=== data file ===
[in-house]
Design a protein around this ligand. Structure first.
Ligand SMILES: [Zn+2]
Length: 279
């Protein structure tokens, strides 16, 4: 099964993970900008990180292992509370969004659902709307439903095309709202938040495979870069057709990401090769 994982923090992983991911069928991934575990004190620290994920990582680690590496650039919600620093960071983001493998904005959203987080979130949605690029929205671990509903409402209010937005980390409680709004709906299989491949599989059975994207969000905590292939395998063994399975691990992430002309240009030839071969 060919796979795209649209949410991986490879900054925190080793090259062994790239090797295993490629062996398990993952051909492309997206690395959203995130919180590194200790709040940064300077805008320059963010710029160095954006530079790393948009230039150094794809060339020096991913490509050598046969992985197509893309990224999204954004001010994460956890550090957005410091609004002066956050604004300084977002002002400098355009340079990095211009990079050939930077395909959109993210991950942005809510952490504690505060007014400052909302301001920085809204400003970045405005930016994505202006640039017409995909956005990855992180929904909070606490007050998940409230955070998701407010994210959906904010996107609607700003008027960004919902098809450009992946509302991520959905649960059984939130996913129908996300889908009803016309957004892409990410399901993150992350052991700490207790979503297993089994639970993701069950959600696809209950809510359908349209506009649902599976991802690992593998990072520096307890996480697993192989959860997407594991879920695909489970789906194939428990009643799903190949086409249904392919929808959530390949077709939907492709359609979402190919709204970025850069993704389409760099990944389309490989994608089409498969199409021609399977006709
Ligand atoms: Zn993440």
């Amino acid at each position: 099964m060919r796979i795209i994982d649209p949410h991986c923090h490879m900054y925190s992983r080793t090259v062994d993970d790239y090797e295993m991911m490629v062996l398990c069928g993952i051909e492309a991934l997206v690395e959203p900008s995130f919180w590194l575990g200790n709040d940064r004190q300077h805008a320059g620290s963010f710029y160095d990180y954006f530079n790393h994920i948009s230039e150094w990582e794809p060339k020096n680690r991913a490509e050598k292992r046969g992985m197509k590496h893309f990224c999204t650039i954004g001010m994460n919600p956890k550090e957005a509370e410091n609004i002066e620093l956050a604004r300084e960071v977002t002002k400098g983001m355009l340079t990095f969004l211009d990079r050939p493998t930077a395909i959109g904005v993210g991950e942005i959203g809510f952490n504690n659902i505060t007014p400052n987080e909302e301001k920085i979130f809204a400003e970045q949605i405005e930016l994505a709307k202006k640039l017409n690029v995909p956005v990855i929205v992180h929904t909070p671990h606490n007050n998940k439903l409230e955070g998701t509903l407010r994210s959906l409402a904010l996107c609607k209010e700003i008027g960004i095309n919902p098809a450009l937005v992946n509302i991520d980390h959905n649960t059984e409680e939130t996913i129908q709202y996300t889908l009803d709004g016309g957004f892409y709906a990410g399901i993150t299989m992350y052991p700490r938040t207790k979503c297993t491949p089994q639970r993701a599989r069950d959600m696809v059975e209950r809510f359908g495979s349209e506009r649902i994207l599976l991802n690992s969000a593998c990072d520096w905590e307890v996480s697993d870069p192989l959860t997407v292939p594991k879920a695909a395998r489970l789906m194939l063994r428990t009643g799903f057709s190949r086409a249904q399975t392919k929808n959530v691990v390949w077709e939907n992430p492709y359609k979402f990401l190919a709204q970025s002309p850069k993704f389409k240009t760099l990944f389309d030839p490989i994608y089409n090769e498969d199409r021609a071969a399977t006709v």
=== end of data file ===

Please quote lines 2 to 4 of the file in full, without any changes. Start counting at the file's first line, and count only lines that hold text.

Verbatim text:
Design a protein around this ligand. Structure first.
Ligand SMILES: [Zn+2]
Length: 279